Before assigning employees to work abroad under any form, the enterprises must arrange orientation courses for the employees and issue certificates on the completion of the orientation courses. However, for ensuring the enforceability of this rule, the Ministry of Labour, War Invalids and Social Affairs should adopt guiding regulations on the organization methods, contents and length of the course and the issuance of the completion certificates.

To avoid the legal risks of being imposed a fine of from 20 million VND to 40 million VND when being detected of the violation[3], the enterprise should monitor and update the guiding regulation of Law No. 69 to ensure the full and timely compliance with the regulations on the organisation of the orientation course and the issuance of the completion certificates.

Signing appendices to the labour contracts

 When sending the employees abroad to implement bid contracts signed with overseas partners or customers or implement the enterprises’ investment projects, the enterprises must reach an agreement with the employees such assignment by signing an appendix to the labour contract. The contents of the appendix to the labour contract must include the term, working hours, rest hours, overtime, wages, working conditions, living conditions, medical examination and treatment regimes and other benefits and regimes to the employees. Besides, the enterprise must not amend the term of the labour contract[4]. Hence, when signing the appendix to the labour contract, the parties should negotiate on the duration of working abroad and then stipulate it in the appendix to the labour contract; provided that such duration must fall within the term of the signed labour contract.

Update on the employees’ departure

 Law No. 69 also stipulates the obligation of enterprises to update information about employees’ departure on the database system of Vietnamese employees working abroad under contracts within 05 working days of the date the employees going abroad. If not updating as required by laws, the enterprises shall be imposed an administrative fine of from 10 million VND to 20 million VND if being detected[5].

New points on reporting regime of the enterprises

Law No. 69 abolishes Law No. 72’s annual report regimes for the enterprises sending the employees abroad to implement bid contracts with overseas partners and customers. Accordingly, the enterprises are only obliged to make reports when the enterprises have fulfilled the bid contracts or ad-hoc reports at the request of the Ministry of Labour, War Invalids and Social Affairs.

Besides, Law No. 69 also cuts down the processing time for the administrative procedure at the competent State authorities, which is 05 working days instead of 10 working days. The type of report for which the time is cut includes: (1) report on sending Vietnamese employees abroad to implement overseas contracts; (2) registration of vocational training contract; and (3) report on delegating Vietnamese working abroad with regard to overseas investment of Vietnamese individual and organization.

Not to pay social insurance and personal income tax twice, the deposit confirmation template is available for banks

 Law No. 69 adds the regulation that the enterprises and the employees are not obliged to pay the social insurance premium and/or personal income tax twice, e.g. one payment in Vietnam and another at the country which the employees are sent to; provided that Vietnam and that country have signed an international treaty to avoid double taxation or double payments on social insurance premium.

Regarding the escrow obligation, the deposit level is still maintained at 10% of the economy class one-way airfares from the country where the employees come for work to Vietnam multiplied with the number of employees at the time the enterprise deposits in accordance with the vocational training contracts registered. Besides, it should be noted when the enterprises put the deposit in a bank, the enterprises shall request the bank to issue a deposit confirmation letter as per Form No. 5 of Appendix II attached to the Decree 38/2020/ND-CP instead of using the bank’s own letter form.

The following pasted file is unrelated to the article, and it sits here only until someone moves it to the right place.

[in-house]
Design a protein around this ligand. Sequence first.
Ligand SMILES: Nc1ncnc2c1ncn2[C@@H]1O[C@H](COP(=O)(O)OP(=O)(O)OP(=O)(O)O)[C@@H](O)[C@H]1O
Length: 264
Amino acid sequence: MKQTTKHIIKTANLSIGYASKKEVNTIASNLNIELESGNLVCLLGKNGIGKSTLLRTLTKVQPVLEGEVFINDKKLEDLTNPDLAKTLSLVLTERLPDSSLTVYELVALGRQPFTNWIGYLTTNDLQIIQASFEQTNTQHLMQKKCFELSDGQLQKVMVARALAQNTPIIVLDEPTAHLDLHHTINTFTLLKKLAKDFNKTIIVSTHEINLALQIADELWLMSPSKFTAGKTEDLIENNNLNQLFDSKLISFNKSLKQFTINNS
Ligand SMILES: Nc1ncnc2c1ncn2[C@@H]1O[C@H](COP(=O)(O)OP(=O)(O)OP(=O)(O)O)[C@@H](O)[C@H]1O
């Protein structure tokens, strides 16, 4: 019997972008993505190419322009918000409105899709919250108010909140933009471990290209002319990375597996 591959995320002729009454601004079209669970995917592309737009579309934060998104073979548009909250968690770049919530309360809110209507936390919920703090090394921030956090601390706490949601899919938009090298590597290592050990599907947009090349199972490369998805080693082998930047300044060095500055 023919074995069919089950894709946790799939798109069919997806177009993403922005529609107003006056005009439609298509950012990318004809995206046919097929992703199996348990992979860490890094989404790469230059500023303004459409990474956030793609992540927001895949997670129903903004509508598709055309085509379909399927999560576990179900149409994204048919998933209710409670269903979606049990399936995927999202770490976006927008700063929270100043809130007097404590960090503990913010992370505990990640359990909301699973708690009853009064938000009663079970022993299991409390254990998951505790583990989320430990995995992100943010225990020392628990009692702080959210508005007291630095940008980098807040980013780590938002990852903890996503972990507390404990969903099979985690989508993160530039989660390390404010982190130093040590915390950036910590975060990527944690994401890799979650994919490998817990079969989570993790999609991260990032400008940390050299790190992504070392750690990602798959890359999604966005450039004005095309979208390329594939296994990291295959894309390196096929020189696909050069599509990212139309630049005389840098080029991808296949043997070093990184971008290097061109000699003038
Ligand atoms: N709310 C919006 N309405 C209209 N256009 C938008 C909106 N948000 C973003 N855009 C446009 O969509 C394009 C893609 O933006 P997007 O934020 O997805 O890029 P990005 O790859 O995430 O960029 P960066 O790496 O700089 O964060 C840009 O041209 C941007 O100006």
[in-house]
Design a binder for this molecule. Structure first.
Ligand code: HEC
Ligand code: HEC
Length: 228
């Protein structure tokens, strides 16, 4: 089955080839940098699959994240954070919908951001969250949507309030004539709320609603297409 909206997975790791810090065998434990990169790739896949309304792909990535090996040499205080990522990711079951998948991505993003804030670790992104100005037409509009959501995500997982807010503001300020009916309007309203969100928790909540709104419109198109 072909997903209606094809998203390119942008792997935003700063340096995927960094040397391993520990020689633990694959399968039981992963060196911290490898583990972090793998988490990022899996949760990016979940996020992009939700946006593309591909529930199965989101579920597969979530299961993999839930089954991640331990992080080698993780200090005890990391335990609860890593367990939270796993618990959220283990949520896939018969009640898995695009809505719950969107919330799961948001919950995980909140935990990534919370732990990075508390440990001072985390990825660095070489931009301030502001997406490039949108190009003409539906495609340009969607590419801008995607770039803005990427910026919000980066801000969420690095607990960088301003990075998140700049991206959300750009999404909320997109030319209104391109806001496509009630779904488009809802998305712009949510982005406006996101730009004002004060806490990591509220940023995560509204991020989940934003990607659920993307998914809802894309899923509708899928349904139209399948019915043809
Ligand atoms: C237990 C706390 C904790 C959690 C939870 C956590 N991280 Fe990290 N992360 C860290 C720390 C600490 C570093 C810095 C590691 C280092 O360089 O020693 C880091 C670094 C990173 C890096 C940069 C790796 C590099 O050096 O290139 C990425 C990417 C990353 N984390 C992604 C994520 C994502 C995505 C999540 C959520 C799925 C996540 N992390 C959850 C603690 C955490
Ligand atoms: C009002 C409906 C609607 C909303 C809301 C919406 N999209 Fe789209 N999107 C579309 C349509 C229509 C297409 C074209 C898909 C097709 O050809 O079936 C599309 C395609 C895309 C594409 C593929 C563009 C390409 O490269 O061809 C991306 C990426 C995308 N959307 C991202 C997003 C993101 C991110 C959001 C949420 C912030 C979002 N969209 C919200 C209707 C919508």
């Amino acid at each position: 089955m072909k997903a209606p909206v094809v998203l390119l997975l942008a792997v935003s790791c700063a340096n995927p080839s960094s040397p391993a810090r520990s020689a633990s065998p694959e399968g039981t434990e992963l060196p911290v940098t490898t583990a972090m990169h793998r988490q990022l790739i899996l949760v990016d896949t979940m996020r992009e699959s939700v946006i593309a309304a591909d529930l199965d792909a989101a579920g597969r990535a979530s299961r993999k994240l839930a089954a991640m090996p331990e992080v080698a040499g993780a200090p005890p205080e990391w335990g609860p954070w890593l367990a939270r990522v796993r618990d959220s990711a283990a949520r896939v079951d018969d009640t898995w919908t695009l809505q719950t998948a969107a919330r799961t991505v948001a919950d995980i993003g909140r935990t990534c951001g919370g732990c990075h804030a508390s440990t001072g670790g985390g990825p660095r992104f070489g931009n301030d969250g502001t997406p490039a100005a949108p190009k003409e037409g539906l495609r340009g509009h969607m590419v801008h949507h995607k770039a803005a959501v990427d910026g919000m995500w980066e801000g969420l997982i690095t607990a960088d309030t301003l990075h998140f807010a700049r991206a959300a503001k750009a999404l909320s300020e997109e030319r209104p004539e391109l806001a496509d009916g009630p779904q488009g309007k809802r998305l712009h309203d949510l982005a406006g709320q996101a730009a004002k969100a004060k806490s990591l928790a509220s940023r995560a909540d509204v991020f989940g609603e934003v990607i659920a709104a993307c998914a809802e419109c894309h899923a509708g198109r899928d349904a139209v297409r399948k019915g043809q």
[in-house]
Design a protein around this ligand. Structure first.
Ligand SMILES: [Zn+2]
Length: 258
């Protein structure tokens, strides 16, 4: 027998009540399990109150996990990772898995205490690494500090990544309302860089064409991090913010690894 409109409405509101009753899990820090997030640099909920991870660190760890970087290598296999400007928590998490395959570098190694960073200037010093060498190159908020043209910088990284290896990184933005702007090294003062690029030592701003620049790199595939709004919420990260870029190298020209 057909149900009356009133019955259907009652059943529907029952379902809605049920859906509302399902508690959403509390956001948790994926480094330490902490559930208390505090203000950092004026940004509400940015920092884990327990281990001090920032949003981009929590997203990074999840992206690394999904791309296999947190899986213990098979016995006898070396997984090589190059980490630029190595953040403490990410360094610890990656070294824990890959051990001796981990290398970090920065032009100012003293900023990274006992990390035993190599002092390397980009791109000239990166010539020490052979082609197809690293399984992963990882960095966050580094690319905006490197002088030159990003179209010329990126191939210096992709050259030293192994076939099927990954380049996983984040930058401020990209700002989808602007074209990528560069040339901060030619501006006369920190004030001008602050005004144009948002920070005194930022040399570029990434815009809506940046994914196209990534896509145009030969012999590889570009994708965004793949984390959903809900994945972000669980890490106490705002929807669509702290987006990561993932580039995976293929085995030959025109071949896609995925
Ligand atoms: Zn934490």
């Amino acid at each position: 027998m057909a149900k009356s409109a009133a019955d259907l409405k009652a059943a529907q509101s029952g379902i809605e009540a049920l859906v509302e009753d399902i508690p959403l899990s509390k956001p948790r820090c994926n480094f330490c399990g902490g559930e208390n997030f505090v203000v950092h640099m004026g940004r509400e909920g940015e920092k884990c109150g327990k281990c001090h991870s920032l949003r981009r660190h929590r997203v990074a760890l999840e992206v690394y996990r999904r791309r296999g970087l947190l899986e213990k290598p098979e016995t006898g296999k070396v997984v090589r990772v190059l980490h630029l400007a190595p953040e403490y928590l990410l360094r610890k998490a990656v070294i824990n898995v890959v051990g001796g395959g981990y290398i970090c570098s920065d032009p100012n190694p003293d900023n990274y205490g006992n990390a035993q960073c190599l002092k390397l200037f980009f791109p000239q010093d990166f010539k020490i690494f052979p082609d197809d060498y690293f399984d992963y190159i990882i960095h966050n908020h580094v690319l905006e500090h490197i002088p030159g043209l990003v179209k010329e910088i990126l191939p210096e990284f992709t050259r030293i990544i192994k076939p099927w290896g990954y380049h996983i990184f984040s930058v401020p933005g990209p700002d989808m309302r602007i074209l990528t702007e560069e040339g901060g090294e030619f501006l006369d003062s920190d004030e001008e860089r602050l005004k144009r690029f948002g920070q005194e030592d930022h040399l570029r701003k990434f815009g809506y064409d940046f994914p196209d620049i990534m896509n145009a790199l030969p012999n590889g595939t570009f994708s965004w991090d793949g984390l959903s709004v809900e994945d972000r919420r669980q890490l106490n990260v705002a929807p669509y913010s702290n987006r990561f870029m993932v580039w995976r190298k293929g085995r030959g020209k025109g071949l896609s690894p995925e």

The employees have the right to unilaterally terminate the labour contracts

Law No. 69 adds the employees’ rights to unilaterally terminate the labour contracts when being abused or subject to labour coercion, when the lives or health of the employees being threatened or being sexually harassed during the time they work abroad[6]. The changes are also complied with point c, clause 2, Article 35 of the Labour Law 2019 that the employees have the right to unilaterally terminate the labour contracts without having to perform the obligation on advance notice for such cases.

In summary, Law No. 69 basically inherits the existing regulations of Law No. 72, allowing the enterprises to send the employees abroad to work or attending vocational training courses. Besides, some amendments and supplements have also been legislated for the purpose of transparency of the administrative procedures that enterprises must perform as well as setting some additional obligations for the enterprises towards the employees when the enterprises assign the employees to work or take a training courses abroad. In addition, in order not to fall into a difficult position when Law No. 69 comes into force from 01 January 2022, the enterprises should carefully estimate the legal and financial risks when assigning the employees abroad for the purposes mentioned above.

[1] Report No. 43/BC-BLDTBXH dated 01 April 2020 on implementation of the Law on Vietnamese Working Abroad Under Contracts Number 69/2020/QH14 of Ministry of Labor, War Invalids and Social Affairs

[2] Clause 9 Article 32, Clause 9 Article 35, Point m Clause 2 Article 41 of the Law No. 69

[3] Clause 2 Article 44 of the Decree 28/2020/ND-CP

[4] Article 22 of the Labour Code 2019

[5] Article 42 of Decree 28/2020/ND-CP

[6] Point dd Clause 1 Article 6 of the Law No. 69

Summary
Article Name
Assigning the Employees to Work Abroad – Notes for Enterprises